Upping the ante in Yemen

Is the latest escalation a prelude to a deal, or a warning of worse to come?

On Sunday, Yemen’s Houthi Ansarullah launched a major drone and missile strike at the heart of the Saudi oil industry in Dhahran and Ras Tanura, site of a huge refinery and the world’s biggest oil export terminal.

According to Houthi spokesman Yahya Sarie, 14 drones and 8 ballistic missiles were deployed in the operation which also targeted Saudi Aramco facilities in Jazan, Asir and Dammam.

This amounts to a concerted assault on the oil industry that Saudi Arabia’s economy relies on, aimed at inflicting as much material and moral damage as possible on the country’s government.

As a result, oil prices rose to over $70 per barrel for the first time in two years, reflecting market fears about Saudi Arabia’s ability to continue exporting crude at current levels.

And the US embassy warned its nationals in Saudi Arabia – around 6,000 of whom reside in the oil producing Eastern Province where Saudi Aramco is based—to take precautions and avoid travelling due to the risk of further missile and drone attacks.

This happened just ahead of the sixth anniversary of the start of the Saudi-led war on Yemen, which has failed dismally to achieve its aim of defeating the Houthis, forcing them to surrender control of the capital Sanaa, and restoring the internationally recognised government of Abed-Rabbo Mansour Hadi.

This escalation cannot be seen in isolation from two key developments in the Yemen conflict

First, the Houthi offensive against the city and province of Maareb, the recognised government’s last remaining stronghold in northern Yemen and location of the country’s biggest oil and gas reserves. The Houthis have made major gains in the area against a hybrid coalition consisting of the Islamist (Muslim Brotherhood) Islah Movement, forces loyal to the Congress party of slain former president Ali Abdallah Saleh, al-Qaida fighters, and army units affiliated to Hadi’s government.

Secondly, the failure of indirect negotiations held in Oman last week between the US envoy to Yemen and a Houthi delegation. According to the Houthis, the talks stalled because the Americans demanded they immediately stop fighting, retreat from Maareb and refrain from launching any missiles or drones against Saudi territory. The Houthis deemed those demands to be arrogant and at variance with realities on the ground. They replied that the war should be ended by those who started it, and that they should also lift their blockade of Yemen (especially on the port of Hodeida), allow airports to reopen, and agree to talks about reparations.

The war on Yemen initiated by Saudi Crown Prince Muhammad Bin-Salman has achieved the opposite of what he intended. It has strengthened and empowered the Houthis, provided Iran with a political and military foothold in the southern Arabian Peninsula, and jeopardised Saudi Arabia’s security and its standing in the Islamic world while draining it financially and militarily in a protracted war of attrition.

Houthi missiles and drones now pose a strategic threat to the Saudi oil industry. American-made Patriot missile defence systems failed to prevent them from hitting the kingdom’s most important oil installations at Abqaiq and Khreis in September 2019, or striking fuel storage tanks in Jeddah last year (also bringing the war home to the Saudi civilian population). Now they have hit vital facilities on the Gulf Coast, from where some seven million barrels of oil are exported daily.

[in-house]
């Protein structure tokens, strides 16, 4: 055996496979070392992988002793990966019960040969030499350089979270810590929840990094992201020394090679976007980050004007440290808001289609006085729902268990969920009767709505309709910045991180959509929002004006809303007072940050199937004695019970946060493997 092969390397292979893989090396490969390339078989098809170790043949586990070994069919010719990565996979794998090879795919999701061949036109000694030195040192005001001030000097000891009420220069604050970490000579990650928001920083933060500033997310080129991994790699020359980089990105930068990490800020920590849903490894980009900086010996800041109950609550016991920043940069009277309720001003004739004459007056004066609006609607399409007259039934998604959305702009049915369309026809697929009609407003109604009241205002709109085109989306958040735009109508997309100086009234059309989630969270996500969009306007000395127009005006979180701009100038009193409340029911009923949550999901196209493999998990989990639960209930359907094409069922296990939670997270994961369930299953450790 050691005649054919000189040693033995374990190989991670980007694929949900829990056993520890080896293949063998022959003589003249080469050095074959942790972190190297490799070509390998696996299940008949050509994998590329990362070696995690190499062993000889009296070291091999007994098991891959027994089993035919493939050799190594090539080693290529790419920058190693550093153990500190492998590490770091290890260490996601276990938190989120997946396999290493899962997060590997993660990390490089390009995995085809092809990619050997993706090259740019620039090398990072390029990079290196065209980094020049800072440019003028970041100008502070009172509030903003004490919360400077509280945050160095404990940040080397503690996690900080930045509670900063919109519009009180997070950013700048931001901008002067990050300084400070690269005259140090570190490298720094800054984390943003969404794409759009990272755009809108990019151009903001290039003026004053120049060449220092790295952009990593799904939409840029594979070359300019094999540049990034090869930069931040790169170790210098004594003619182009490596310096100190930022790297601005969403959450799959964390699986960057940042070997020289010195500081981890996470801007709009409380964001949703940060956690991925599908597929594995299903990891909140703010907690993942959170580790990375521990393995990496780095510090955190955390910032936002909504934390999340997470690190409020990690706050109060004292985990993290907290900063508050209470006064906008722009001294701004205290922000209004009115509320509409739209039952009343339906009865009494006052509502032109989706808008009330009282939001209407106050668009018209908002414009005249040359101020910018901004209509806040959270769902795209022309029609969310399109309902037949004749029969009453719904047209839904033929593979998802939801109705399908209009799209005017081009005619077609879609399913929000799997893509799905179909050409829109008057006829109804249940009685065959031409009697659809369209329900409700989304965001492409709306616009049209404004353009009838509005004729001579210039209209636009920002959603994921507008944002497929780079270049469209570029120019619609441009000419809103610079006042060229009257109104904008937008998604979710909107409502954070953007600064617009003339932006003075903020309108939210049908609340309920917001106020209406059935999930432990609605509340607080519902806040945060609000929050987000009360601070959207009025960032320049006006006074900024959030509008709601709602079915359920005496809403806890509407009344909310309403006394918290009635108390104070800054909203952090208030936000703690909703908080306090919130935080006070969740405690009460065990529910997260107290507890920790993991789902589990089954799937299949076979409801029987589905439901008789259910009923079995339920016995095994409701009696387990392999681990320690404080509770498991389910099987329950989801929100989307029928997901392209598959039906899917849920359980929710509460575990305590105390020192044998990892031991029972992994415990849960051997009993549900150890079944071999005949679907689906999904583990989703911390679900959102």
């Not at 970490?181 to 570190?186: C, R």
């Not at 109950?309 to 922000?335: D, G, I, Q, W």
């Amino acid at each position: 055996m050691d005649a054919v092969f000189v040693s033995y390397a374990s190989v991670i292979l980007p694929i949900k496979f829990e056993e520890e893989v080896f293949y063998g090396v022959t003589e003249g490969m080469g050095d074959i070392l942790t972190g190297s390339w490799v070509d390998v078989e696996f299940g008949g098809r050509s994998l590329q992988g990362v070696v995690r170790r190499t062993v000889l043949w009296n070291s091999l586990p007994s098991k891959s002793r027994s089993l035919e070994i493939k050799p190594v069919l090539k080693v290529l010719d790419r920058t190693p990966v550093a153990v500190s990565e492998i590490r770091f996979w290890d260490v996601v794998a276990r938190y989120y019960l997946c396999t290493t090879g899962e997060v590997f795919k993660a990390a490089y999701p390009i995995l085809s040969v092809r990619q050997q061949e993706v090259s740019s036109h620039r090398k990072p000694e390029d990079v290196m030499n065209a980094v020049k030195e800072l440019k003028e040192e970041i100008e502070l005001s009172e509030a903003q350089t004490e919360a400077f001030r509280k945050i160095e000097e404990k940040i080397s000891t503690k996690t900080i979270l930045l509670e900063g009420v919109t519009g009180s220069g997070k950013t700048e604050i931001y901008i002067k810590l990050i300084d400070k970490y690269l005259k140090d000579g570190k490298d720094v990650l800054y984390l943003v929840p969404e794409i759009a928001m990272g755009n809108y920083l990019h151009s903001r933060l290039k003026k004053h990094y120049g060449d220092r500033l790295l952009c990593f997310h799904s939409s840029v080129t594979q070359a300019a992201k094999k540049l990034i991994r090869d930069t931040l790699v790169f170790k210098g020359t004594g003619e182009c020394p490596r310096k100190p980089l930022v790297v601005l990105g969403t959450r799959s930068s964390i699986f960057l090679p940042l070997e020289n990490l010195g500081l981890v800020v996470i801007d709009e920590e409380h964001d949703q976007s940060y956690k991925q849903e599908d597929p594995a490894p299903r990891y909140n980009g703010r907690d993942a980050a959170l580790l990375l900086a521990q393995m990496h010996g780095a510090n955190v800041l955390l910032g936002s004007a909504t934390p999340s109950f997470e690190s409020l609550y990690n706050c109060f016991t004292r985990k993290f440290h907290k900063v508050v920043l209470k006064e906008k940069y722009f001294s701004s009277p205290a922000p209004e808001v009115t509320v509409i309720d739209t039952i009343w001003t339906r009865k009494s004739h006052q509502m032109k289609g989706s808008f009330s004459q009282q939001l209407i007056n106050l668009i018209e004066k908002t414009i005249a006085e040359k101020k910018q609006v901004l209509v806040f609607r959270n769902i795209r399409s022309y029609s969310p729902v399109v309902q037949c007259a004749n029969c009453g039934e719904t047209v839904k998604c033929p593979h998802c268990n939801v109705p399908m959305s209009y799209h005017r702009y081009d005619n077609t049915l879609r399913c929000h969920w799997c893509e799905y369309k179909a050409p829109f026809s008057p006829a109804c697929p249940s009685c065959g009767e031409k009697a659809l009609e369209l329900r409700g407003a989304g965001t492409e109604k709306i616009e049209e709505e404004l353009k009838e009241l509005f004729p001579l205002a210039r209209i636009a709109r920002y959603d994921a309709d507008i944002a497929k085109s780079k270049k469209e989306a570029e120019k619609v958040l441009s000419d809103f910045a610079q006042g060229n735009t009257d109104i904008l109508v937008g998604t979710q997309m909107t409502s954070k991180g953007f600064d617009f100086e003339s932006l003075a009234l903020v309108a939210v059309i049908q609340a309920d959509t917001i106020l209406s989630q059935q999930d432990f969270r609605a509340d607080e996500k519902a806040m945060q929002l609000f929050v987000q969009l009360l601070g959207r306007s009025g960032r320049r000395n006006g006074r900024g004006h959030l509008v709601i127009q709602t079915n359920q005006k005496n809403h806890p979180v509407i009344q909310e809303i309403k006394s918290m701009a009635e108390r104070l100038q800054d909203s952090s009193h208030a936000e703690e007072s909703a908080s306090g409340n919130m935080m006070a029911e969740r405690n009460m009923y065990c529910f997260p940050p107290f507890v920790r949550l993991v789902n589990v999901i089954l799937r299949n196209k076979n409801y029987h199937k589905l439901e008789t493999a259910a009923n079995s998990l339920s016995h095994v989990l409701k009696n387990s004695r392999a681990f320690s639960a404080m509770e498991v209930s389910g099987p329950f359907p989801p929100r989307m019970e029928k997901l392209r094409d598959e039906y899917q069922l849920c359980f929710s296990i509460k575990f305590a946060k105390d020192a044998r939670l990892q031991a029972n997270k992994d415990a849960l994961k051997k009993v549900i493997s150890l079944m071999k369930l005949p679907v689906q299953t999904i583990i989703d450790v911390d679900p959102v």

The Houthis say such attacks will continue until the Saudi-Emirati coalition stops bombing Sanaa and attacking their forces advancing on Maareb and lifts the blockade of Hodeida. These demands are unlikely to be met, so the immediate outlook must be for further escalation.

The Houthi drone and missile attacks on Saudi infrastructure in Dhahran and Ras Tanura — and previously Jeddah, Abqaiq and Khamis Mushait – were highly precise and, according to official coalition statements, did not cause any casualties. Senior Houthi sources warn that this restraint may be abandoned if Saudi and Emirati warplanes revert to their earlier practice of bombing wedding parties, funeral gatherings, factories, hospitals and schools which cost tens of thousands of lives.

The question now is whether the current escalation is an attempt by both sides to strengthen their hands ahead of a US-brokered deal in Yemen, or related to the more important impending negotiation between Iran and the US about reviving their nuclear deal.

We do not know the answer. What we do know is that the Saudi leadership is under simultaneous pressure from two sides: from the new US administration to curb the crown prince and mend his ways, and from the Iranians and Houthis to end the war on Yemen and hostility towards Tehran.

The Trump administration practiced financial extortion against Saudi Arabia, and the Biden administration is augmenting that with political extortion behind a façade of concern for human rights and the assassination of journalist Jamal Khashoggi. The blame for this situation must lie with the person who led the kingdom into this trap with eyes wide open.

Upping the ante in Yemen

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